I don’t know about you, but when I think of used coffee grounds (you know, late at night when I’m trying to get to sleep), the last thing that enters my mind is that they could be harmful to the environment. To me, coffee grounds seem lovely and natural, especially our lovely organic kind! But you’d be surprised how much waste is created thanks to our coffee drinking habit.

Planet Ark report

The awesome organisation, Planet Ark has undertaken a feasibility study involving cafes across the city of Sydney. Their findings are pretty interesting and their solutions oh-so simple! Out of 921 coffee shops and cafes they found:

  • 100 million cups of coffee are sold annually (in Sydney City)
  • 3000 tonnes of used coffee grounds created
  • 7% are donated to worm farms / gardens
  • 93% are sent to landfill!

It’s staggering to think that even some cafes that use ‘ethically sourced’ and sustainable coffee simply send refuse to the tip.

Used coffee grounds waste issues

So what happens to coffee grounds when they’re at the tip? Don’t they just decompose and make awesome soil? Kind of! The problem with a mountain of used coffee grounds decomposing is that they release methane gas and carbon dioxide into our lovely air. Aussies consume a whopping 6 billion cups of coffee a year so you can imagine how much gas and nasties the waste from all those lattes gives off. The odour alone would be enough to knock you out, not to mention the effect these greenhouse gases have on global warming!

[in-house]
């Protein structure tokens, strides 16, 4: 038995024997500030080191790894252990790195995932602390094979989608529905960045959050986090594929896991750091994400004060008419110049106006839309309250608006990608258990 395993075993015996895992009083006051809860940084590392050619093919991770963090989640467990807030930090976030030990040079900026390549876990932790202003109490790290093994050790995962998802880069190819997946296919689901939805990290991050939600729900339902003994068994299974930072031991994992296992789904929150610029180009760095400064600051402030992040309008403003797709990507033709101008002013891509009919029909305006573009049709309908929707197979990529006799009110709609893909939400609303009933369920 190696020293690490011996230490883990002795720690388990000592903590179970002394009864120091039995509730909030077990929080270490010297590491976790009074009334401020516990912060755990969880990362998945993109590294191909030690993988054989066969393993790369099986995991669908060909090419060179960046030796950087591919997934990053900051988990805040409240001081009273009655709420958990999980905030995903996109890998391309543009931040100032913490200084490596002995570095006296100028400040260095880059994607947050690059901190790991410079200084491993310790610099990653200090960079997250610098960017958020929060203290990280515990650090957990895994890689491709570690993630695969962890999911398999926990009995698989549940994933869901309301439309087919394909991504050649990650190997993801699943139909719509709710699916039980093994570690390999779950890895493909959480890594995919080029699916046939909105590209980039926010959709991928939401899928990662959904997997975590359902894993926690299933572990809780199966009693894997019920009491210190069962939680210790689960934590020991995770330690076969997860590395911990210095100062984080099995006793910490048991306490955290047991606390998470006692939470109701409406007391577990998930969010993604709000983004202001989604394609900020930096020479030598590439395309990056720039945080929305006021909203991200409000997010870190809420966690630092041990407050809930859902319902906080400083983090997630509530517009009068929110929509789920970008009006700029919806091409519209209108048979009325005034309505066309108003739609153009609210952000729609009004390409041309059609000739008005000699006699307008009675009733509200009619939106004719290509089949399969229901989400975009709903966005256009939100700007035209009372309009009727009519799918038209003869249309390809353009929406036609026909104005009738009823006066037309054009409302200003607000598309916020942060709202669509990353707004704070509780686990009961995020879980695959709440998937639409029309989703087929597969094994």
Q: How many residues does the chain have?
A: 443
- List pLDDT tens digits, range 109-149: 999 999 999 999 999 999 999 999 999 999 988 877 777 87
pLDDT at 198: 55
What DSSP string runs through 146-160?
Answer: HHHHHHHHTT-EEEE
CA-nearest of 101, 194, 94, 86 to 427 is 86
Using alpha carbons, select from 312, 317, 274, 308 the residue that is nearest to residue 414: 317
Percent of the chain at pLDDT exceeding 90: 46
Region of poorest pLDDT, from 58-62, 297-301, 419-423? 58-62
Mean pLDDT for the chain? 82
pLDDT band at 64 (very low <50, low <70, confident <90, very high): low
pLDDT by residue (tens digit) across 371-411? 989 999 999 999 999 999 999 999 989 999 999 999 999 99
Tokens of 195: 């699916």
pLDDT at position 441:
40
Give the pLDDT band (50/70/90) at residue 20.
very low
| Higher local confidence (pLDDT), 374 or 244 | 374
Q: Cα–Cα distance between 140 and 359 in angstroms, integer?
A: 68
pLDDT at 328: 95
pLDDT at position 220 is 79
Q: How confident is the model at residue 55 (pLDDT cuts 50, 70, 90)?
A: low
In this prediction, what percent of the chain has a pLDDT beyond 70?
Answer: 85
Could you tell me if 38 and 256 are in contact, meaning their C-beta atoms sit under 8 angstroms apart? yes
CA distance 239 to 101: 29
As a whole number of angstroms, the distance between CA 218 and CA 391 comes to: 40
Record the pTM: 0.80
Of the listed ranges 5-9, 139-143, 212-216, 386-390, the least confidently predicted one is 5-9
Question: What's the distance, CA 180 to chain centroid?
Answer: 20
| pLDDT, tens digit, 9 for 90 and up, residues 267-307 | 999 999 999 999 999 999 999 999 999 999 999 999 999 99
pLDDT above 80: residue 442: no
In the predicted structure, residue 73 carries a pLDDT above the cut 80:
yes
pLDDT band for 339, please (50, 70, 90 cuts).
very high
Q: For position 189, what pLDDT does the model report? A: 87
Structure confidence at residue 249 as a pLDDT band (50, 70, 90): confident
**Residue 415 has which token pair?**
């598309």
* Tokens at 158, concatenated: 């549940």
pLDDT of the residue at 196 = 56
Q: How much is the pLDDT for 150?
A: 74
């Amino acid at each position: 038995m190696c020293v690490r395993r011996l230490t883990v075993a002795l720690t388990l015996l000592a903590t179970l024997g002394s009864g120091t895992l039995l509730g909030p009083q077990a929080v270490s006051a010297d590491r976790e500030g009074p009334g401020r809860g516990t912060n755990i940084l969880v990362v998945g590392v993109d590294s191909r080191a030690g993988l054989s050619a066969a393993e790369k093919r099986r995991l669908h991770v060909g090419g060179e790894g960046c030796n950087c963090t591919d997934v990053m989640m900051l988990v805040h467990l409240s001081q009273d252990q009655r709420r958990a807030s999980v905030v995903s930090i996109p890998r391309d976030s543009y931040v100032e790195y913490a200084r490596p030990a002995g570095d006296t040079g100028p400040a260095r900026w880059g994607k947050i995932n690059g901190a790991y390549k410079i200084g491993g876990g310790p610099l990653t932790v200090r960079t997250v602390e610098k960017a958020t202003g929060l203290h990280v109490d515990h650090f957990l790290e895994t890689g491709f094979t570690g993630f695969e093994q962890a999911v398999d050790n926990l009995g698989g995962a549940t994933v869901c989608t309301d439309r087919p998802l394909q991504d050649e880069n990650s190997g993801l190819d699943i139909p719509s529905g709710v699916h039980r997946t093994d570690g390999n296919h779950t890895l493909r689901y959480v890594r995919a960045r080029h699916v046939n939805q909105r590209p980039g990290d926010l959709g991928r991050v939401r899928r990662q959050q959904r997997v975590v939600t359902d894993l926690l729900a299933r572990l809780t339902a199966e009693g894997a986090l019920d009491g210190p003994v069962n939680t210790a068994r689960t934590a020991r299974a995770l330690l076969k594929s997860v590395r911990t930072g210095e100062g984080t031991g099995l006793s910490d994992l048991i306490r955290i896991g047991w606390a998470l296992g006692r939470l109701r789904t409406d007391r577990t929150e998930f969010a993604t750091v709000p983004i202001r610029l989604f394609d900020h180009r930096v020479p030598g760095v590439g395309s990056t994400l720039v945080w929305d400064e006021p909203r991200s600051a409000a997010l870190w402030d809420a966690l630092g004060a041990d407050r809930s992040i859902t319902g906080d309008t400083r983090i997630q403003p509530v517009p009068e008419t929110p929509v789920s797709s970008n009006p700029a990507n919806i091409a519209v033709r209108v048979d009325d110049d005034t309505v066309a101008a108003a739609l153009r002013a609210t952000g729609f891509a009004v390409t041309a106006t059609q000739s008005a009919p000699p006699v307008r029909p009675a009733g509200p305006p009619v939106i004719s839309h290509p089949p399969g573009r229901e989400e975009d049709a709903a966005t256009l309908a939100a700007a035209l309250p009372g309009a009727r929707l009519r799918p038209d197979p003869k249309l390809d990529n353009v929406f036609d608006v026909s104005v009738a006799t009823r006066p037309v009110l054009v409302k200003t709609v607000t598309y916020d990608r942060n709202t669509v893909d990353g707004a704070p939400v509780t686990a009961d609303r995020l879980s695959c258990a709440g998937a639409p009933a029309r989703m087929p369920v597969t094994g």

Planet Ark’s solution

At Sacred Grounds, we’re a big fan of Planet Ark. Their ideas are simple and really effective and this solution is no different. They assessed the used coffee grounds from cafes they surveyed and found that, in fact, coffee grounds are pretty clean and sterile; perfect for creating a variety of handy environmentally-friendly products such as:

  • Compost
  • Growing mushrooms (particularly oyster mushrooms)
  • Pyrolysis (a thermal decomposing process that produces bio-oil, biogas and biochar)
  • Food, cosmetics and pharmaceutical uses
  • Anaerobic digestion – a process that creates biogas that can be used as a fertiliser or fuel.

Now we know that all this costs money and no one really wants to pay extra for their coffee, but what would you say if I told you that paying only five extra cents would dramatically change the way cafes treat their coffee grounds waste? That’s nothing! I’m always happy to get rid of my five cent coins, especially for such a worthy cause.

Like their cartridge collection campaign, Planet Ark’s is proposing a parcel collection service, collecting used coffee grounds, a solution that’s both economical and flexible.


Of all the cafes surveyed, Planet Ark found that 77% of cafes would be keen to participate in a ‘coffee grounds recovery program’, 20% said no and 3% weren’t sure! Of all coffee drinkers who were asked if they would be keen to pay five cents extra, nine out of ten said yes!

How can you get involved? It’s simple! Just head over to ‘The Coffee Ground Recovery Project’ and register your interest. Also, why not encourage your local cafe to get on board?!

Emma Watson

From creating her own ‘Ozzie Mozzie Editorial’ newspaper when she was 10 to writing for ‘The Sydney Morning Herald’, Emma has always loved to write. She spends her time looking after her two kids and tapping away at the keyboard blogging at filmandfood.com.au, writing for Howards Storage World and of course, for Sacred Grounds Organic. Her love of a good small cappuccino (with one sugar!) and social justice makes this a match made in heaven. Emma loves a good book, travelling and hanging at the beach with her little crew.

Copyright 2015. Sacred Grounds Organic Coffee. Terms & Conditions  | Shipping & Returns  |  Privacy Policy  |  Contact Us